International and Human Rights Law from the Margins - International Conference
A two-day conference, in collaboration with the David Berg Foundation Institute for Law and History
The conference, to be held on December 10-11, 2018, will mark the seventieth anniversary of the Genocide Convention and of the Universal Declaration of Human Rights. These seminal documents were produced in the wake of the atrocities of the Second World War and have to a large extent framed the categories of discussion and action in international law in relation to genocide and human rights abuses. The perception that these documents represent unequivocal achievements has however been challenged by recent scholarship exposing the attempts of victim groups and intellectuals to promote alternative conceptualizations of international legal concepts, such as a cultural conception of genocide proposed by Jewish groups and rejected by the state parties to the Genocide Convention. Through this conference, the Minerva Center seeks to explore the efforts of victim, subaltern and civil society groups to shape the norms and institutions of international law, and these groups’ transnational legal activism more broadly.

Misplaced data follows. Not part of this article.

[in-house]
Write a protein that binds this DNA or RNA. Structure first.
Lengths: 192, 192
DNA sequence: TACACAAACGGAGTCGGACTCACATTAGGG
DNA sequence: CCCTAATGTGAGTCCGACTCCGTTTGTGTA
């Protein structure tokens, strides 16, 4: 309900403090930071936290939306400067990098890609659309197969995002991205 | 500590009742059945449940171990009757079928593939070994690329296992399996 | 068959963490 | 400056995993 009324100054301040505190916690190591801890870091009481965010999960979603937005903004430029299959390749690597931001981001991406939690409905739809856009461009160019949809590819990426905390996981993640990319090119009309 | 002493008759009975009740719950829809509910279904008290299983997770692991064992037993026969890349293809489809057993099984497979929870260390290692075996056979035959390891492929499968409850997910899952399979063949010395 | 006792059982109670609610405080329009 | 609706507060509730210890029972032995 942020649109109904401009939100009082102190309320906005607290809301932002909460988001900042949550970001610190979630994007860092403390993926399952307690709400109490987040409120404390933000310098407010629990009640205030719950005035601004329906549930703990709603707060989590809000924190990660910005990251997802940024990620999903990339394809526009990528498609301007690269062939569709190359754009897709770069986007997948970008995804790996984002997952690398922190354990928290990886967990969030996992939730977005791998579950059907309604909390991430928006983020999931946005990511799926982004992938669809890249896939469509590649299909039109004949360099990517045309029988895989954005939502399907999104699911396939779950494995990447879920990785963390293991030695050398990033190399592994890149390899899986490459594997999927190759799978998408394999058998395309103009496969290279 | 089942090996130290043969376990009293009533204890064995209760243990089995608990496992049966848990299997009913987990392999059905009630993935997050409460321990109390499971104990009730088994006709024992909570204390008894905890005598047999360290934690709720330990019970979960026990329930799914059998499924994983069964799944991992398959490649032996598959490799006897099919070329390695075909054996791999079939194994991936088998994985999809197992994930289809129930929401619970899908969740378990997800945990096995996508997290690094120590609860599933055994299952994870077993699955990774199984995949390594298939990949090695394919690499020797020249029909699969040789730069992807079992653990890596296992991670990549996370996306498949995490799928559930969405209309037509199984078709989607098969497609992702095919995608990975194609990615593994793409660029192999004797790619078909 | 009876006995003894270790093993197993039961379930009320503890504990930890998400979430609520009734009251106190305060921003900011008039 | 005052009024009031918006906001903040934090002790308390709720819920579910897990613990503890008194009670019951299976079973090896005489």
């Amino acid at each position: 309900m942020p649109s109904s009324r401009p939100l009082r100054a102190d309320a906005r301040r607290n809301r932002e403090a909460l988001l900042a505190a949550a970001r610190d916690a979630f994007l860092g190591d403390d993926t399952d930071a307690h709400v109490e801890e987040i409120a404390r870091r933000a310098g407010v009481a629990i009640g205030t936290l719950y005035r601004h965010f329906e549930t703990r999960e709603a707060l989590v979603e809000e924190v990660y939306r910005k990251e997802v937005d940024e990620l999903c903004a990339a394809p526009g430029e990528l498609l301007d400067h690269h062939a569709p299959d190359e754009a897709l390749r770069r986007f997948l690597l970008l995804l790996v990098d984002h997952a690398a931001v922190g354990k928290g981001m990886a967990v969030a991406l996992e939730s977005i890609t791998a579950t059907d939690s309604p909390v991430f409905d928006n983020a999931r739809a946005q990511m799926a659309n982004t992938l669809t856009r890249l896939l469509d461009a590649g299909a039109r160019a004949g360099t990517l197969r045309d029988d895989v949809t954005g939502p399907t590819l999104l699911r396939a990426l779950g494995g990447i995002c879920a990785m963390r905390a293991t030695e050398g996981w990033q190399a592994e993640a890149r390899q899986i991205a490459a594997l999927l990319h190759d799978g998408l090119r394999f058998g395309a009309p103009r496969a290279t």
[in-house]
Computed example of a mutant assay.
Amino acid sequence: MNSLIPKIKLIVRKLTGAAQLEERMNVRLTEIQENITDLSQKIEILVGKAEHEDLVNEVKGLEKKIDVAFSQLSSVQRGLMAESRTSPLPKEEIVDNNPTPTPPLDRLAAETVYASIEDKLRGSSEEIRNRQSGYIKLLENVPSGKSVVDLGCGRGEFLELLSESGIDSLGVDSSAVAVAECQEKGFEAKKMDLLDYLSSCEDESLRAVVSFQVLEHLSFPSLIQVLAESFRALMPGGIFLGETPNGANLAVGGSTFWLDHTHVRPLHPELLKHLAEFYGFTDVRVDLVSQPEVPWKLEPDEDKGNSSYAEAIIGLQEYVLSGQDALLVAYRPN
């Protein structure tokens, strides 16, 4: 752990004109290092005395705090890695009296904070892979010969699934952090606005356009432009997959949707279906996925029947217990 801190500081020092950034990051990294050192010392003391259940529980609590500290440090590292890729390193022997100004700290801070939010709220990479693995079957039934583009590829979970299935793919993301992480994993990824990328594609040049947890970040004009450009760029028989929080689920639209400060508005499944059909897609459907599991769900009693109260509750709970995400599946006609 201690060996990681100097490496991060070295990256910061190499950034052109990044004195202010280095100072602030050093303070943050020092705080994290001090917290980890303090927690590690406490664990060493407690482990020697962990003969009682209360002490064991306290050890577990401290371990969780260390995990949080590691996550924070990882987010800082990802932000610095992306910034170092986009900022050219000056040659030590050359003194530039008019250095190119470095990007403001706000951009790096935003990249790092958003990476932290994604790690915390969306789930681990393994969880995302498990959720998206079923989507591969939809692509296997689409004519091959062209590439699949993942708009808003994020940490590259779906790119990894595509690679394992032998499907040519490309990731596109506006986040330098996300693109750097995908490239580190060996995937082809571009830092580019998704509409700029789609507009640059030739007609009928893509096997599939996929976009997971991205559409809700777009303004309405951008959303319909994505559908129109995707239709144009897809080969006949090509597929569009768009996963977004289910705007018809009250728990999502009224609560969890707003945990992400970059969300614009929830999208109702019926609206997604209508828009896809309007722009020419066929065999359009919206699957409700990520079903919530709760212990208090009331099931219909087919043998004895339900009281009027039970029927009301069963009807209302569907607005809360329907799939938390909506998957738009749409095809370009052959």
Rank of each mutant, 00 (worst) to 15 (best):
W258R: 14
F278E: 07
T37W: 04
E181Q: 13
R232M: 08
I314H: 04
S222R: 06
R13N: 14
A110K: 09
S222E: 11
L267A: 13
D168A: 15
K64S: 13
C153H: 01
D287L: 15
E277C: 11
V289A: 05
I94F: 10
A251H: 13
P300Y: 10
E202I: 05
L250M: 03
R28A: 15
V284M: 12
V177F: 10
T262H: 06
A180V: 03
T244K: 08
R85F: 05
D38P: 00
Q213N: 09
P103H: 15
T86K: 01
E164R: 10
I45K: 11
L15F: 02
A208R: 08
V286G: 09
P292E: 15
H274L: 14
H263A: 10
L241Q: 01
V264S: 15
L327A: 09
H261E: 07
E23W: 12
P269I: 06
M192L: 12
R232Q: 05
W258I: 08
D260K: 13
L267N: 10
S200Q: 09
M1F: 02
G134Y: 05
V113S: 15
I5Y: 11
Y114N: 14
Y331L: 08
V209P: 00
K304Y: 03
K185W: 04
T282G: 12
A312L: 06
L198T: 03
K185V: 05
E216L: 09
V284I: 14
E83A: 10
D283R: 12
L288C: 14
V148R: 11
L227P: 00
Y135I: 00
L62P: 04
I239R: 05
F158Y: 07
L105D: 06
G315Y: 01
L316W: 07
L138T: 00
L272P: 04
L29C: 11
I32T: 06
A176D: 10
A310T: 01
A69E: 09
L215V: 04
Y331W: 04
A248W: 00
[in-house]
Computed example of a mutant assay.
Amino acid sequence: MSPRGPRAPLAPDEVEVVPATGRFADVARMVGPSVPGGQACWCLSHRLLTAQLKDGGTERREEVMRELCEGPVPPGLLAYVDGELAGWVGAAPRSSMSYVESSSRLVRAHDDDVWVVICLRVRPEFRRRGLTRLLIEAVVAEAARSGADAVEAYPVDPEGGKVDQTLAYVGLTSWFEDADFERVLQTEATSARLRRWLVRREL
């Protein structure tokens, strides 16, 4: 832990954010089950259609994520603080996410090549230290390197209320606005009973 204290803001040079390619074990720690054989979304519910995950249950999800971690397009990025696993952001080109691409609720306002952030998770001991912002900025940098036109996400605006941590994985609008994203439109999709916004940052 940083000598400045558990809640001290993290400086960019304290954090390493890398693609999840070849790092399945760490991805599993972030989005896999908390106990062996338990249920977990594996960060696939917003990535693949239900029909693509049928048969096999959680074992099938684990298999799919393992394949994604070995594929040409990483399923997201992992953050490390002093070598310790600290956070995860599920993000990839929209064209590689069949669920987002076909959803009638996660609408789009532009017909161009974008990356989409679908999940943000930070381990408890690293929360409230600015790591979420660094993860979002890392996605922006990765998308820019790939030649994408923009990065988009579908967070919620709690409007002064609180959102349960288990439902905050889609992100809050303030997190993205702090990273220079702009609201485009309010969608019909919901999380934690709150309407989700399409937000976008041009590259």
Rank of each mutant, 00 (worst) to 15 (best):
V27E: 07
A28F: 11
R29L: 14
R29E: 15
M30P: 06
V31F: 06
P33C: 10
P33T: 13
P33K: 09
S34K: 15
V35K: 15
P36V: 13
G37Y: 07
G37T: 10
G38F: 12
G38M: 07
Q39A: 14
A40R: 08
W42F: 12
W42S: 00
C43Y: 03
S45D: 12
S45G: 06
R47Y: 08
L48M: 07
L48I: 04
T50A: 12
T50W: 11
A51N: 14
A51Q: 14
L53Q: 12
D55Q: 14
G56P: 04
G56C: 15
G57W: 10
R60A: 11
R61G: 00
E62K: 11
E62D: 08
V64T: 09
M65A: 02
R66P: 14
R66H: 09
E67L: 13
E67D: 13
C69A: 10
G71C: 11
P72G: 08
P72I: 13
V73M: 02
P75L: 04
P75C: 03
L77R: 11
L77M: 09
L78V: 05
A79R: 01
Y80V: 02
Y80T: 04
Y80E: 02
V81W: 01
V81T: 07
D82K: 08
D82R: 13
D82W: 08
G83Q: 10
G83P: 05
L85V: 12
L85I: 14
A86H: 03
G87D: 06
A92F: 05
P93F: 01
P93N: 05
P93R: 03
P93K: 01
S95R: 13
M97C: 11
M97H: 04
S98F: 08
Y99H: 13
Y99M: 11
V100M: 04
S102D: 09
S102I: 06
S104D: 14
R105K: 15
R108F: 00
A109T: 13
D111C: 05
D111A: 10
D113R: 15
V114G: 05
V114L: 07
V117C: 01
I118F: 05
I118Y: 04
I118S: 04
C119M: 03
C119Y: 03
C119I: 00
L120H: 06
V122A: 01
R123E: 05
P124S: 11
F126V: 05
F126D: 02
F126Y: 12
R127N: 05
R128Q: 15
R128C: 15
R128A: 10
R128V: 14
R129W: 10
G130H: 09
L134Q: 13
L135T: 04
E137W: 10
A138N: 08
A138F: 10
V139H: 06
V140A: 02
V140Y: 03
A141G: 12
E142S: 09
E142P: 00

We will adopt a comparative and historical perspective, spanning a wide array of fields of international law, including international criminal law, international human rights law, and international environmental law, and explore both successful and failed interventions. We will compare the engagements with international law of groups as diverse as Jews after the Second World War, Palestinians today, indigenous and women's groups, and conservative groups. We aim to recover forgotten critiques and alternative conceptualizations of international law; expose the actors and processes involved in the production of international norms; understand the conditions of successful interventions; and assess the benefits, risks and costs for groups of turning to international and transnational law.
The conference program can be found here.